Network Problems Fixed?

As far as I can tell, FreeBSD 8 tickled something in the driver for my ethernet card, and caused it to behave unreliably. Rather than muck around with half-tested kernel patches or ifconfig settings, I slapped a $30 Whatevertheyhadontheshelf-3000 (read: common chipset that’s been debugged by a lot of people), and as far as I can tell, things are now working as they should. If the site stays up for a year, I guess we’ll know.

I also took the opportunity to add some memory. So whoo-hoo all around.

And while I’m at it, I should point out that FreeBSD is like a VW Bug: not the prettiest thing to look at, especially compared to various Apple or Linux offerings, but in a crunch it’s nigh-indestructible. Wanna run with a root partition that’s over 100% full? Sure thing. Boot a 7.2 kernel with a 8.0 /usr? No problem.

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2 Responses to Network Problems Fixed?

  1. Troublesome Frog says:

    Ethernet card weirdness? That’s pretty unusual. Was it some sort of snazzy card with a TCP offload engine?

    I never really got seriously into FreeBSD. I do embedded Linux for a living, that’s my typical development platform, although I’ve been known to set up OpenBSD servers. I always wanted to take some time to dig around in the FreeBSD kernel to see what it’s made of. I love tinkering with operating systems, but I just haven’t had the time to give FreeBSD the time it deserves.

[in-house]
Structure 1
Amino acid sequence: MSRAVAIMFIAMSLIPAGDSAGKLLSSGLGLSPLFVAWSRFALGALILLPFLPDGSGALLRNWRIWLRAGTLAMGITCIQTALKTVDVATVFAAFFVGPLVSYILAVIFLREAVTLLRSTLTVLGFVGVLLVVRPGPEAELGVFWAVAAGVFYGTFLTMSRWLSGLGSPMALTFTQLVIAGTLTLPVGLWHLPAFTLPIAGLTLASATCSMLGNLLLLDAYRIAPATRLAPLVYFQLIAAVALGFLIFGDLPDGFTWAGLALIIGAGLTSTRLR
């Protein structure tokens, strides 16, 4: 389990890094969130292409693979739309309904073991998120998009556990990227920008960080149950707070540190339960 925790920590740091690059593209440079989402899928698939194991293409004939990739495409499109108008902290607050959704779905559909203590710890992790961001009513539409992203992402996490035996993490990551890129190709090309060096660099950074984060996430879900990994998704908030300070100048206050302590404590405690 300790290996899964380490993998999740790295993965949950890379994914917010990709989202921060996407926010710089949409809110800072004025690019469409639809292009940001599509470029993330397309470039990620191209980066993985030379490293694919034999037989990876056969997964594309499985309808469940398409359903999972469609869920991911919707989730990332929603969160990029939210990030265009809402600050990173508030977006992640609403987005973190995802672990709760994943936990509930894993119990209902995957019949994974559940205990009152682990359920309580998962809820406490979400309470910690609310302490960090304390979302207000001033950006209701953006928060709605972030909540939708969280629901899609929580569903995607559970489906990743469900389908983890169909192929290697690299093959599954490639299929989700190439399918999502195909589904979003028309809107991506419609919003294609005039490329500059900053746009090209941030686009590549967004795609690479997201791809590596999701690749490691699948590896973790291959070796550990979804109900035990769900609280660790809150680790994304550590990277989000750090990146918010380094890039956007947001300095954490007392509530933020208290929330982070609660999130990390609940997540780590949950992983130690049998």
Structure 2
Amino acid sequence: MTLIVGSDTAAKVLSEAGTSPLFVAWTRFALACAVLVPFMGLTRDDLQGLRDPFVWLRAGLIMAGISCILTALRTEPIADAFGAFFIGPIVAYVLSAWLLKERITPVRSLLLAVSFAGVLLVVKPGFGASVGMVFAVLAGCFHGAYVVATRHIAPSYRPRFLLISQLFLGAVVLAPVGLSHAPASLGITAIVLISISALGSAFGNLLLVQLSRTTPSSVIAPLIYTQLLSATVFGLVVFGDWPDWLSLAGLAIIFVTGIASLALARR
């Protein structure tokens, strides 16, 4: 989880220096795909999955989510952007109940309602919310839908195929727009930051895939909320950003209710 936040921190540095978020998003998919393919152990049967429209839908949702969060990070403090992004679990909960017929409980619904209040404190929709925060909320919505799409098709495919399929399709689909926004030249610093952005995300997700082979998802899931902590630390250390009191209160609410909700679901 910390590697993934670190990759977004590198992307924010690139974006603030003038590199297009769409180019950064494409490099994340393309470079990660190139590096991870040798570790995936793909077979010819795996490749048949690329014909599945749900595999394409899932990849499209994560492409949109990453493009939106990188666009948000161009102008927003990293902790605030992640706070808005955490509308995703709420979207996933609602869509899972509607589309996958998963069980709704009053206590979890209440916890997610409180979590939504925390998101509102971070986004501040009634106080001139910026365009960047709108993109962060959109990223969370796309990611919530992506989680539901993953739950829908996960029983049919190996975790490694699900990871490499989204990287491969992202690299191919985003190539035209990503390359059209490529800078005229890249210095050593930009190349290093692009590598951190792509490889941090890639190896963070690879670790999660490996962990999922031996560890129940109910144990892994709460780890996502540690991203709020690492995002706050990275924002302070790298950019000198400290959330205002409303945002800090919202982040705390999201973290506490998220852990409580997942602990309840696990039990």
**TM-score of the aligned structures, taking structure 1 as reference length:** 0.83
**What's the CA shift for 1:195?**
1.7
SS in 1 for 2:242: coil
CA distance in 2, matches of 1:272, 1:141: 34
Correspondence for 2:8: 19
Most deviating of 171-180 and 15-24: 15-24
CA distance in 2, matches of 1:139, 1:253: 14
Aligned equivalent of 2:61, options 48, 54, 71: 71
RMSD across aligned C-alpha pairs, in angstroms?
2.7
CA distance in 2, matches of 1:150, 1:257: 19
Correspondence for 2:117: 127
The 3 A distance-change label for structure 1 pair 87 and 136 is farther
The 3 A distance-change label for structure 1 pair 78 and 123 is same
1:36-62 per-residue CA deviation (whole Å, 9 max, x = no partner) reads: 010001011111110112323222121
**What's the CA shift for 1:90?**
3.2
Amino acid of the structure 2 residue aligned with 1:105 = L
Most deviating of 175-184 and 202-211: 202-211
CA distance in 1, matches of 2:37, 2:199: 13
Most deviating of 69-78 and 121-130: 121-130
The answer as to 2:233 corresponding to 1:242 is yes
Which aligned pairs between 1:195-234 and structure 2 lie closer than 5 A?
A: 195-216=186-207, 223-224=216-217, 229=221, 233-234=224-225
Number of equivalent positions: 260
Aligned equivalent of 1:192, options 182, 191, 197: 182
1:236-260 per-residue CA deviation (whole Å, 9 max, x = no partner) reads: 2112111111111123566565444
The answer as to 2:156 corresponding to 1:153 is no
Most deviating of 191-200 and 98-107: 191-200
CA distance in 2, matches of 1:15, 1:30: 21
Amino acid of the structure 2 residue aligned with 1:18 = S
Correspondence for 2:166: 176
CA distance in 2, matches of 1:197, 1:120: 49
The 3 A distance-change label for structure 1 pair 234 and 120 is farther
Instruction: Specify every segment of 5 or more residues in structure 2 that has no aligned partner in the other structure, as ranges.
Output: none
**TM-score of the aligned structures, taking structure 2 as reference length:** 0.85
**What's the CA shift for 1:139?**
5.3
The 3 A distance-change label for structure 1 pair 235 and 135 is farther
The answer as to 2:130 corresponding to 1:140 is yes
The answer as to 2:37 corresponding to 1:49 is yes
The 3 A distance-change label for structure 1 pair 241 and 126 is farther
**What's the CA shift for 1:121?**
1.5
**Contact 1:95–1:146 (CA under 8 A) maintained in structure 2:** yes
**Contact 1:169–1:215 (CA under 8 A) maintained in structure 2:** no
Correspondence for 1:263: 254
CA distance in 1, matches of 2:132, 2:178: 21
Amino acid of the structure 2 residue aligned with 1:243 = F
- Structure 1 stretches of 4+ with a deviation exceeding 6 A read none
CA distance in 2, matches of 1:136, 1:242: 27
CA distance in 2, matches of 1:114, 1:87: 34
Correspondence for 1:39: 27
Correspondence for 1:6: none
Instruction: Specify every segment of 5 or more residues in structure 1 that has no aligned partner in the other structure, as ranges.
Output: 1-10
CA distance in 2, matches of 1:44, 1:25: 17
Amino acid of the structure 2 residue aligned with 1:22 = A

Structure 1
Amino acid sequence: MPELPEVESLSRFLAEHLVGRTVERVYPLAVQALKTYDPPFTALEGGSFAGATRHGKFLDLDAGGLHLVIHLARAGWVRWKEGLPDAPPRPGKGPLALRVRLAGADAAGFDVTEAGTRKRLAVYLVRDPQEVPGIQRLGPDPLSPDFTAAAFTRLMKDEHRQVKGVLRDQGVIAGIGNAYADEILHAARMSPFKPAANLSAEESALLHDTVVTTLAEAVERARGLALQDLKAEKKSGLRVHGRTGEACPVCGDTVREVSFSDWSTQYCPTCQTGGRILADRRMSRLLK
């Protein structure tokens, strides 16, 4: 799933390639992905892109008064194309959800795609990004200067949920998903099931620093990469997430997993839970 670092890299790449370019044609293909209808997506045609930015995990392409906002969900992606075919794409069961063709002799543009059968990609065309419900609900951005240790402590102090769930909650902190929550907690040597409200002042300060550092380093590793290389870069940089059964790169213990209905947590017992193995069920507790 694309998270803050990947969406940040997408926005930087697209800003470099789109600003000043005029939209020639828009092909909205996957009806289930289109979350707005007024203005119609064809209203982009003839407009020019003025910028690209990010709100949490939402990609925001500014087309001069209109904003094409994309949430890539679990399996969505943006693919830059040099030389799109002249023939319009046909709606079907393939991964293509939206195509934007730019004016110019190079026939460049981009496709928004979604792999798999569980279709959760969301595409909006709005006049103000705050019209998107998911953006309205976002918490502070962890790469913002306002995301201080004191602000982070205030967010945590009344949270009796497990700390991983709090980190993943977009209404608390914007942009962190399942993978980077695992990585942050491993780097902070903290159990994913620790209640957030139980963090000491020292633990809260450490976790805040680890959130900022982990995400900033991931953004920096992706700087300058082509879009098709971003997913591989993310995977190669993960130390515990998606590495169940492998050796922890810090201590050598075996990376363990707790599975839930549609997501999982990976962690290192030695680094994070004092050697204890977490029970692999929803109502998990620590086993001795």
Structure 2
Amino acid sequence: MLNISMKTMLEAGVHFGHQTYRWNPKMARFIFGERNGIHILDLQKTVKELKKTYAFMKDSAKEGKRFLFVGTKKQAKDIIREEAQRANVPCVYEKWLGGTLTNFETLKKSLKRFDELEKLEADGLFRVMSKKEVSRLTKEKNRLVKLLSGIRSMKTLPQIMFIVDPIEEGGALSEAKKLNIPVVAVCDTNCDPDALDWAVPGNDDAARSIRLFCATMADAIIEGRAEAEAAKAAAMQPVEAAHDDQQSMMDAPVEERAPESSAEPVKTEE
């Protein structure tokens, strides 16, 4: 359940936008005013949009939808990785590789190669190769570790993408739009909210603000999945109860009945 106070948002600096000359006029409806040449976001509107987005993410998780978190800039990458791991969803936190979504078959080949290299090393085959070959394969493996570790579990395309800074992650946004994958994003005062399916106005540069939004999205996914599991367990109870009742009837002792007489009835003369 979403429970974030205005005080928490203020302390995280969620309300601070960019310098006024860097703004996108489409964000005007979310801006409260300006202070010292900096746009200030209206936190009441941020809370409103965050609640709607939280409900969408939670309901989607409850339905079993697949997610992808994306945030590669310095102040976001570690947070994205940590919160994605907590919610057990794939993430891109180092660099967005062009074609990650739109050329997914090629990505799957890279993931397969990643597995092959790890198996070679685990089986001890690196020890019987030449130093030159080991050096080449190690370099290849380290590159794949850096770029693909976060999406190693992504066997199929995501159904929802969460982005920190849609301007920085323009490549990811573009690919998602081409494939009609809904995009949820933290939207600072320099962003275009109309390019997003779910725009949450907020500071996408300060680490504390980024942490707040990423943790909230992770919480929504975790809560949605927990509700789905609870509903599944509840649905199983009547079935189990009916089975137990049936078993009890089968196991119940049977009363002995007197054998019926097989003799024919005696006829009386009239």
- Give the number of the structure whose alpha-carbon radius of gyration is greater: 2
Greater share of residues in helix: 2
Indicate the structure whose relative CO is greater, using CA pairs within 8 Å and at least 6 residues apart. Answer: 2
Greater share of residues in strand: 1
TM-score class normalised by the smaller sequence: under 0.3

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  2. arensb says:

    Was it some sort of snazzy card

    I never thought so. I always thought of it as the NIC that didn’t eat up a PCI slot because it came with the motherboard, and since it just sort of worked out of the box, it didn’t bother me.

    with a TCP offload engine?

    Apparently so. At least, I found that ifconfig allowed me to turn off checksum offloading. Unfortunately, that still left problems like dropping fragments on the floor.

    I just haven’t had the time to give FreeBSD the time it deserves.

    Maybe it’s because I’ve spent more time on FBSD than Linux, but it seems to me to be more the way a Unix ought to behave. That it, it trips me up less often with “who the hell thought that was a good idea?” events. You configure it with shell scripts and text files, as God intended. Third-party apps are built and maintained using a clever set of Makefiles, that sort of thing. Sometimes, when I want to upgrade Perl but don’t want to rebuild all of its dependent modules, I’ve been known to just edit their package definition files to point at the new version.

    Of course, I imagine you can do the same thing with various Linuces, so it’s partly a matter of education.

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